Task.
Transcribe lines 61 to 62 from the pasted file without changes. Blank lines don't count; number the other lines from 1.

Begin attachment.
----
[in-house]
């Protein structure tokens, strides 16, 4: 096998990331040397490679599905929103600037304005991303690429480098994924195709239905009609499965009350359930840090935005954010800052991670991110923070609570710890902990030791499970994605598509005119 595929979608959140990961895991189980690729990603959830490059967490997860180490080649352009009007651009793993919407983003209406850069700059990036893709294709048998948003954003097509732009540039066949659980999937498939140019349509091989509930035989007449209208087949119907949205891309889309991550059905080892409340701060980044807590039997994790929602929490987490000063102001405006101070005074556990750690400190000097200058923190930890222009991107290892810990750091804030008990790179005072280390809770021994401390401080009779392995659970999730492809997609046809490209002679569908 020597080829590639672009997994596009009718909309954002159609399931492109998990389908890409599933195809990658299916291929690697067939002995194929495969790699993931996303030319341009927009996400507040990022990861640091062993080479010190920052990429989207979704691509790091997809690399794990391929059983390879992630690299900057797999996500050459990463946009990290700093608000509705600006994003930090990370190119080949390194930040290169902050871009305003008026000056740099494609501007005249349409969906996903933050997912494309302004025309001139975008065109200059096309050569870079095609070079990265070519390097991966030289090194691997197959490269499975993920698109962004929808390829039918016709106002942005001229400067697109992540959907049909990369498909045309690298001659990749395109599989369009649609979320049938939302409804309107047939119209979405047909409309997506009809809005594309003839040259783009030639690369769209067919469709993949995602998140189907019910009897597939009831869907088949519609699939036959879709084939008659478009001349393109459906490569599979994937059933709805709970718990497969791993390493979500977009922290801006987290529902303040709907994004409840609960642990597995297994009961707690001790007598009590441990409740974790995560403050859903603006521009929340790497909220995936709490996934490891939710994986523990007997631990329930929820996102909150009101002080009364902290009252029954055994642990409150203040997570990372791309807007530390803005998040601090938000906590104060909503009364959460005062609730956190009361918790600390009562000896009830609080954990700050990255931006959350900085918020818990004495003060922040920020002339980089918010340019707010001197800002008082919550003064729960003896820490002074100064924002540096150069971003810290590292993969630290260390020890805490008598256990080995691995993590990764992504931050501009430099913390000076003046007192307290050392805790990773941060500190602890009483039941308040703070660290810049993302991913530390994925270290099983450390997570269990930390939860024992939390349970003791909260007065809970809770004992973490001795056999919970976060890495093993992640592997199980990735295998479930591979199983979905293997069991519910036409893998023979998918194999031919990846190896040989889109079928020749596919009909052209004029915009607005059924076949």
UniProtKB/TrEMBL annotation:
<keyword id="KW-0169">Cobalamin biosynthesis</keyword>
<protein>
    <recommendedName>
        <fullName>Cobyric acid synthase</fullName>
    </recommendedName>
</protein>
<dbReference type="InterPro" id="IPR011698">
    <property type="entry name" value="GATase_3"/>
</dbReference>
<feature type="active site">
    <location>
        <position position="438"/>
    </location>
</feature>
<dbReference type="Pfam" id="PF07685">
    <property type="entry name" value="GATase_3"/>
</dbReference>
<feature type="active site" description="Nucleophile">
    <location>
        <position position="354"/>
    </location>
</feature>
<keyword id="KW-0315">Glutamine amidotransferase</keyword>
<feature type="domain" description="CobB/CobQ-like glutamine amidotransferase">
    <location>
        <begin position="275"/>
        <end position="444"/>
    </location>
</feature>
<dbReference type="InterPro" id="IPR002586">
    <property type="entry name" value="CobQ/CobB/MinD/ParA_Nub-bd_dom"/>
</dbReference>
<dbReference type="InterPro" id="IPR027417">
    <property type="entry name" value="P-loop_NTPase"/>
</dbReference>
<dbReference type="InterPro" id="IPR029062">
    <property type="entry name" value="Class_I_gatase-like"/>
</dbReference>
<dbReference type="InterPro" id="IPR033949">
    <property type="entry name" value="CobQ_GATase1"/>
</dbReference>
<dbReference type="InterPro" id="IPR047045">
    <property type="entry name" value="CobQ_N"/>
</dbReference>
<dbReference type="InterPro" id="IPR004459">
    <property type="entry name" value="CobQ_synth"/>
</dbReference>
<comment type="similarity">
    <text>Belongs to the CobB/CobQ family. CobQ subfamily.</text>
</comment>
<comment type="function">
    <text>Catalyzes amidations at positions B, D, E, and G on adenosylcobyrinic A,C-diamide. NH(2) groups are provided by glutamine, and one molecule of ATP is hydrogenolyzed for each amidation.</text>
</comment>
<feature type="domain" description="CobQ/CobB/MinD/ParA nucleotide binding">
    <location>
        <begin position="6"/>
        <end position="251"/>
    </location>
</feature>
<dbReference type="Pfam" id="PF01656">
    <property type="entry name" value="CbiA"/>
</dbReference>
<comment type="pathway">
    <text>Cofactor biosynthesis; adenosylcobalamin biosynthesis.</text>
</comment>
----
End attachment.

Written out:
    </location>
</feature>